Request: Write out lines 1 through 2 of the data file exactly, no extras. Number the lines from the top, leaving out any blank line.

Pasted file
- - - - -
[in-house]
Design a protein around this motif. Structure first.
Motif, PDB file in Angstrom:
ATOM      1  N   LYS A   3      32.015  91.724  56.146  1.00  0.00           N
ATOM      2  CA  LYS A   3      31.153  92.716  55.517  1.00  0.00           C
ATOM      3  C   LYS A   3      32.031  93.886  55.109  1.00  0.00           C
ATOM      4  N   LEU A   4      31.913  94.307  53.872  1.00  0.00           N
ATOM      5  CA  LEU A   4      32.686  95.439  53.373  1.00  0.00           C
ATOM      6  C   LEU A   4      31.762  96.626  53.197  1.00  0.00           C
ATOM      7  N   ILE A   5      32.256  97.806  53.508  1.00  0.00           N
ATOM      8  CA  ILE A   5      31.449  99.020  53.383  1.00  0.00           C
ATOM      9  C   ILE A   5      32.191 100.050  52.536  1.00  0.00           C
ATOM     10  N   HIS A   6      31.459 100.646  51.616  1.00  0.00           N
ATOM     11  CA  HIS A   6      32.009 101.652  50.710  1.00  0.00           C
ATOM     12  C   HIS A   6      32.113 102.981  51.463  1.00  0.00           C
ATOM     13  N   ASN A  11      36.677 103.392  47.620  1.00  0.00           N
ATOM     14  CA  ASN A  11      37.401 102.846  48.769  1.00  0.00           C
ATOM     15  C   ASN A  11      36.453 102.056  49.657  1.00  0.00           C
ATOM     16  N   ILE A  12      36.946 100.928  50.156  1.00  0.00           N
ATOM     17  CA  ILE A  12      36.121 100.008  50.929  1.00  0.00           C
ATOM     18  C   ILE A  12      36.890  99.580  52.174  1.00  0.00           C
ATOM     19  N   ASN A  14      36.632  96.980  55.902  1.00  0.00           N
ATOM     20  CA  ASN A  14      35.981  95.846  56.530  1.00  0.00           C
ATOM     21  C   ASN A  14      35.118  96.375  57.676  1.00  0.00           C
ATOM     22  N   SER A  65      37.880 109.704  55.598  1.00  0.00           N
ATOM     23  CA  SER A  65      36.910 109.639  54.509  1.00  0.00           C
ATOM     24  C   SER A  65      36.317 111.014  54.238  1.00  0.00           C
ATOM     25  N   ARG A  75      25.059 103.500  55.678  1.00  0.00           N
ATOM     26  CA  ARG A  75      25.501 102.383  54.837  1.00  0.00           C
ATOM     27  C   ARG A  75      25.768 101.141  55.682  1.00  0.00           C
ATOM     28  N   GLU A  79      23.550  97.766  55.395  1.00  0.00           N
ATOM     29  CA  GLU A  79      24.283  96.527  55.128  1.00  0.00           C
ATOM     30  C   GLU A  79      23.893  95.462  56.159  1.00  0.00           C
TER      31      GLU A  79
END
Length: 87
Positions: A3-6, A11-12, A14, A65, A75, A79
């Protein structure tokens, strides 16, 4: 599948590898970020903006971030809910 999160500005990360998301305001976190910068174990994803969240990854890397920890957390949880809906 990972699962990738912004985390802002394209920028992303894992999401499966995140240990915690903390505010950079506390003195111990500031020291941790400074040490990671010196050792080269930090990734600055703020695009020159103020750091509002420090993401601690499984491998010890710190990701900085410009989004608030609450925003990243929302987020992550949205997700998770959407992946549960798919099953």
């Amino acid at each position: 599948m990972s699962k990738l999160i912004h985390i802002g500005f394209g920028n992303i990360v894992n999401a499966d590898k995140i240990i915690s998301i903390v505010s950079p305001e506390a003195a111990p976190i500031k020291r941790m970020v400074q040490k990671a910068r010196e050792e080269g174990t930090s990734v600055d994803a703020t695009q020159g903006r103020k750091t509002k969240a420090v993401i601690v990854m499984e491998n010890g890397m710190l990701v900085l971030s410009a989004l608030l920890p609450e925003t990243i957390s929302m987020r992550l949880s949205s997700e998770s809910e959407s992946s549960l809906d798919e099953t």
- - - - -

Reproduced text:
[in-house]
Design a protein around this motif. Structure first.